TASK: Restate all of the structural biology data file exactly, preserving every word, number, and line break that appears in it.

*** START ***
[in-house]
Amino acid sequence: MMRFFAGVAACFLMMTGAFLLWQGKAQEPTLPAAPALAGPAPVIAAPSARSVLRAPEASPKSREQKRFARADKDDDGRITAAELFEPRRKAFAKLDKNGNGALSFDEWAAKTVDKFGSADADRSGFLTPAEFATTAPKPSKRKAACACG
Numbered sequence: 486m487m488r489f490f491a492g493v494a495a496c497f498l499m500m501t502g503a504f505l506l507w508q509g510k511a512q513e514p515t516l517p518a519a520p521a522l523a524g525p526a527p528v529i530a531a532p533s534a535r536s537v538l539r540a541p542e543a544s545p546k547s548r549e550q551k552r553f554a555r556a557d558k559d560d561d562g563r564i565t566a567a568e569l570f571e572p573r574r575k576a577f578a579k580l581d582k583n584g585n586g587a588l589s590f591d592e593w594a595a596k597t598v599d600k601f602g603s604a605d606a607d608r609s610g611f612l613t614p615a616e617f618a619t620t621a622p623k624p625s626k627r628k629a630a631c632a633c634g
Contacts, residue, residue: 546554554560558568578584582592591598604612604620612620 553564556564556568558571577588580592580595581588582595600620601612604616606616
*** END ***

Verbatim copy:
[in-house]
Amino acid sequence: MMRFFAGVAACFLMMTGAFLLWQGKAQEPTLPAAPALAGPAPVIAAPSARSVLRAPEASPKSREQKRFARADKDDDGRITAAELFEPRRKAFAKLDKNGNGALSFDEWAAKTVDKFGSADADRSGFLTPAEFATTAPKPSKRKAACACG
Numbered sequence: 486m487m488r489f490f491a492g493v494a495a496c497f498l499m500m501t502g503a504f505l506l507w508q509g510k511a512q513e514p515t516l517p518a519a520p521a522l523a524g525p526a527p528v529i530a531a532p533s534a535r536s537v538l539r540a541p542e543a544s545p546k547s548r549e550q551k552r553f554a555r556a557d558k559d560d561d562g563r564i565t566a567a568e569l570f571e572p573r574r575k576a577f578a579k580l581d582k583n584g585n586g587a588l589s590f591d592e593w594a595a596k597t598v599d600k601f602g603s604a605d606a607d608r609s610g611f612l613t614p615a616e617f618a619t620t621a622p623k624p625s626k627r628k629a630a631c632a633c634g
Contacts, residue, residue: 546554554560558568578584582592591598604612604620612620 553564556564556568558571577588580592580595581588582595600620601612604616606616